Heather in Senegal
My friend Heather is a new Peace Corps volunteer in Senegal! She just arrived in April, and you can read all about her fascinating experiences there at her blog.
Peace Corps has all new volunteers do a demystification visit during their first week in the country. It is a wonderful idea. I went to Kaffrin with another girl from my stage (group of volunteers who started at the same time), and we stayed with Anne, an urban agriculture volunteer. I expect my work will be similar to hers. On the first day she took us to the market for bean sandwiches and grocery shopping. This was a shocking experience. The market is a hot, crowded, loud, fish-smelling series of stands where people sell vegetables, fish, fabric, sandals, and other things. The stands are generally just tables on which the salable items are displayed in piles. Because I would not push people or force my way forward, I kept getting separated from the others. We went to the market every morning, and gradually I got used to the sites. An elderly man who sells vegetables likes to joke with Anne about her being his wife. When he saw Anne with two new females he broke into praises to Allah for giving him three wives, and he hollered threats at all nearby men lest they look at his wives.
Toubob: this is a word that basically means “different,” but can be taken as “honky” or as something more offensive. Kids call out “toubob!” every time they see me. Sometimes I reply in French or Pular that I’m not white. I say I’m black and ask where the white person is. Today I responded by saying “Asalam allekum,” which is the basic greeting. They toubobbed me again, so I repeated myself in a tone of voice that said, “Come now, I know your manners are better than that.” I like that some tones of voices seem universal. They laughed and returned the greeting in a tone that sounded a tad apologetic. If the kids are close to my home I usually introduce myself. I have also tried singing toubobtoubobtoubobtoubob back to the kids and doing a jig. Today a volunteer in her second year told us that regardless of how affective our work is, for the next two years we will be like a cartoon show on TV for our villagers.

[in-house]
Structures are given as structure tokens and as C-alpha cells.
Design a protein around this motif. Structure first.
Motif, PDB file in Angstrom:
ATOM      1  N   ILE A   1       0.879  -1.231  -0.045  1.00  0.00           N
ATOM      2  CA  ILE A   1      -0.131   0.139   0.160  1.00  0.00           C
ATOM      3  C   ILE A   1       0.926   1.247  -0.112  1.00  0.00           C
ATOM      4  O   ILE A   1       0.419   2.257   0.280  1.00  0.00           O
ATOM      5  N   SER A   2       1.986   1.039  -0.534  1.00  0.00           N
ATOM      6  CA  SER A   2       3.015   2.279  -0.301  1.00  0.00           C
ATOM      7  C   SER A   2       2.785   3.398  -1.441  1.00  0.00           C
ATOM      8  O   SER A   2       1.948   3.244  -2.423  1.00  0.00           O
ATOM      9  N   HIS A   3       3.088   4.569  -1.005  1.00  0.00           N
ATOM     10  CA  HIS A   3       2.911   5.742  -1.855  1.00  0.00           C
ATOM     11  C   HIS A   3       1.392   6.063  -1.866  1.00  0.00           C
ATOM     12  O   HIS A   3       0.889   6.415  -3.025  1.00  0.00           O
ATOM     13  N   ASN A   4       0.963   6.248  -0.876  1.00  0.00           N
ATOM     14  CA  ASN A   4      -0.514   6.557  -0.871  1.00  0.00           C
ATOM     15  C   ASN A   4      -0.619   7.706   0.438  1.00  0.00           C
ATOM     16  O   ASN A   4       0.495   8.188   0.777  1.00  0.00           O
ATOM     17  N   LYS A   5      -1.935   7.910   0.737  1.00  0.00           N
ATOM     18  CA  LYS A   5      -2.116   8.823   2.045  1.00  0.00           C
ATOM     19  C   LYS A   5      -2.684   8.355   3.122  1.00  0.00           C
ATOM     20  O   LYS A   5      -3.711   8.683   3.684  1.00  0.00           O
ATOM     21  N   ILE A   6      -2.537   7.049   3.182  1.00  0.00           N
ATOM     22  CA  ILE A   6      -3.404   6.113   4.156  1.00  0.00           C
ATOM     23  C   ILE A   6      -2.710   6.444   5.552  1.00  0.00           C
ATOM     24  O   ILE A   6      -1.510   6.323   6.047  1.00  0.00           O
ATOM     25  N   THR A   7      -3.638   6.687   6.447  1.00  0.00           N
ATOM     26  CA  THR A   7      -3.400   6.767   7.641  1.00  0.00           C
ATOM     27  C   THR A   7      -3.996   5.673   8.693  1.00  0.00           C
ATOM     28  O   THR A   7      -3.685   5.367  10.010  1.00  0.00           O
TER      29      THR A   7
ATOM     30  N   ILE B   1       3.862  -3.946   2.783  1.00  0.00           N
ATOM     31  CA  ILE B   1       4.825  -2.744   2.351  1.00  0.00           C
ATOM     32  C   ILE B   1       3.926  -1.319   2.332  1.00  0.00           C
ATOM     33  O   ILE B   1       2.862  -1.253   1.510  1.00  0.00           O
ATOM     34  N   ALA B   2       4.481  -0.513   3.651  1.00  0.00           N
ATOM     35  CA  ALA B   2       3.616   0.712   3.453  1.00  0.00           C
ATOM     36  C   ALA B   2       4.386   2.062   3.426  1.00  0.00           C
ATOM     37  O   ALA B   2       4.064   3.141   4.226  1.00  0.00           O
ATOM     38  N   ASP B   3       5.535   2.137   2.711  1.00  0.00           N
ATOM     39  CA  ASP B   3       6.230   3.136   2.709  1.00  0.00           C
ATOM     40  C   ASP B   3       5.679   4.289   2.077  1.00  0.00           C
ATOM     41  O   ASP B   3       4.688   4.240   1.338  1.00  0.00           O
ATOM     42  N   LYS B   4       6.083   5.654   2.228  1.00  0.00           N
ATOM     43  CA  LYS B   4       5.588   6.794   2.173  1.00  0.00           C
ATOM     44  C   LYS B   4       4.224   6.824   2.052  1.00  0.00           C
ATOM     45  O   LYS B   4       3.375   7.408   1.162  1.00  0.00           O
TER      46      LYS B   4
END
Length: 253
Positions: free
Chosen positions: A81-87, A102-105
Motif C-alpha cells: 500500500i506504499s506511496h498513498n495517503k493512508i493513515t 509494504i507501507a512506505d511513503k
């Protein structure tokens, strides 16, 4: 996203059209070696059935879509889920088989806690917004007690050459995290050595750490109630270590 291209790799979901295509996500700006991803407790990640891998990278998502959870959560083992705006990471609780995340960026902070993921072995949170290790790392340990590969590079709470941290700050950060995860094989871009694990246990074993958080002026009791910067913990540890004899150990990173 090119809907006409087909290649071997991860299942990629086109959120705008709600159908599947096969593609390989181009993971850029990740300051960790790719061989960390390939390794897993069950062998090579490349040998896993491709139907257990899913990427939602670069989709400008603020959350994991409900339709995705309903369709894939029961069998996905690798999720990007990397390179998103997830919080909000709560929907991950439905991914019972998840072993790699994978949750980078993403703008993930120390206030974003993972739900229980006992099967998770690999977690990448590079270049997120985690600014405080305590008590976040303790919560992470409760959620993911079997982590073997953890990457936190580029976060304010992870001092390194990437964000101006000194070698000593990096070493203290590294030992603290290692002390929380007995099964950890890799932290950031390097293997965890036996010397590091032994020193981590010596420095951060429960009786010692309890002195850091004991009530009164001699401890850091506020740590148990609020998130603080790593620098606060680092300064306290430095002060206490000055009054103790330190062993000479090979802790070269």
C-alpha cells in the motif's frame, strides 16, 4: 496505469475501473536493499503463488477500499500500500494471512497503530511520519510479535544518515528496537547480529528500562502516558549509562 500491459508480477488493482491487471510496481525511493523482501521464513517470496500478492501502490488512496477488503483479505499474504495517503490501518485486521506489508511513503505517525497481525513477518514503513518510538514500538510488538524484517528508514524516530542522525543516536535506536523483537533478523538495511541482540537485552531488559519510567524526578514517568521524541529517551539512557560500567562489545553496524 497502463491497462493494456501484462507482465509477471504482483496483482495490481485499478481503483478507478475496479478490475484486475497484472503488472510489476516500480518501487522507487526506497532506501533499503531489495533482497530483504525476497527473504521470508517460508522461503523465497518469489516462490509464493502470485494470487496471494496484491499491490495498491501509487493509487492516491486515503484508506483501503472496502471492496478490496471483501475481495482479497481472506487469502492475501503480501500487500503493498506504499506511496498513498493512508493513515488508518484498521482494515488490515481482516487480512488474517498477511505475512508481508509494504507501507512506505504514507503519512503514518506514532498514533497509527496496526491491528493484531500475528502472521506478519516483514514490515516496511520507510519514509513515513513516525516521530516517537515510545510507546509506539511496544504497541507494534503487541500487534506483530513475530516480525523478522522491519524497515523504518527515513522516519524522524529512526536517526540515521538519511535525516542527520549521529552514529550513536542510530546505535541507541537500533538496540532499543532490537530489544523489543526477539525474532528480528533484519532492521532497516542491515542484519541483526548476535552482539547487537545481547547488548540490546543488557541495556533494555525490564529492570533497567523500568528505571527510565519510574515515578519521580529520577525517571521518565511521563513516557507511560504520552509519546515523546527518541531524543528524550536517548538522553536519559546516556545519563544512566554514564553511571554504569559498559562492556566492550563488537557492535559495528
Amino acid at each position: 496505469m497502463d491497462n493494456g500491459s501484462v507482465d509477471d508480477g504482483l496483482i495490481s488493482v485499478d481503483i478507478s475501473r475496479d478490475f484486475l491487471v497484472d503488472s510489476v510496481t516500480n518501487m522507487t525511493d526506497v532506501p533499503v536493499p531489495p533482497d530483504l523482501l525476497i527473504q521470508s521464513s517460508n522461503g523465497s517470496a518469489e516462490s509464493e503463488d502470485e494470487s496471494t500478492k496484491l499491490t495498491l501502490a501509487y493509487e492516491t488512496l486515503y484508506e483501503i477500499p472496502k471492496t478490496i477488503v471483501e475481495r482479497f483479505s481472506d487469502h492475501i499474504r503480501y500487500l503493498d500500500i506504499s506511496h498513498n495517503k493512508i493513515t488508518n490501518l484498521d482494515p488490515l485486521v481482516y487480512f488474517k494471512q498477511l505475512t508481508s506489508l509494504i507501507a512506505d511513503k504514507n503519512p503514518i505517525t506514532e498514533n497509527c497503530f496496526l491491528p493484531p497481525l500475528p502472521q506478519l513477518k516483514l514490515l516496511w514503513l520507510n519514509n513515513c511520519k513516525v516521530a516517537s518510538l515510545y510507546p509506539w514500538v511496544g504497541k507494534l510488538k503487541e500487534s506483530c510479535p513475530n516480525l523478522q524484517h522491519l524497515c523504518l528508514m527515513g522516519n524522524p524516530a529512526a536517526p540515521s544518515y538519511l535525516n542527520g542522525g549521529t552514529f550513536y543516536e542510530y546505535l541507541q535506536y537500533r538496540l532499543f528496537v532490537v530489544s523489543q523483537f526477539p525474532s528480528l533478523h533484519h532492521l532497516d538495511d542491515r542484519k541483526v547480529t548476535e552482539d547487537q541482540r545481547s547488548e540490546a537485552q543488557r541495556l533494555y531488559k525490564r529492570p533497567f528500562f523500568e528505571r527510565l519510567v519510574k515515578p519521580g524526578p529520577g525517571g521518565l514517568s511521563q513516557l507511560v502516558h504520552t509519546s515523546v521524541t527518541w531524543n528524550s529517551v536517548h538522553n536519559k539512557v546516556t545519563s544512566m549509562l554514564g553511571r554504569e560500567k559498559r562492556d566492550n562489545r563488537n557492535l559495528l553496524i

I am sure I mispronounce many words, but my family has taken delight in correcting me on two in particular. At the end of every meal, completely regardless of how much I have eaten, as soon as I put down my spoon or otherwise indicate that I am done everyone at the bowl yells "eat!" It is as if I am a conductor giving a cue to a well trained choir. I have been responding, "mi haddi." That is what it sounded like everyone else was saying when they are full. No, they have been saying "mi harri," and I have been concluding each meal by announcing that I am circumcised. My second colorful error has been saying, "I soiled my pants," when I intended to say, "I need."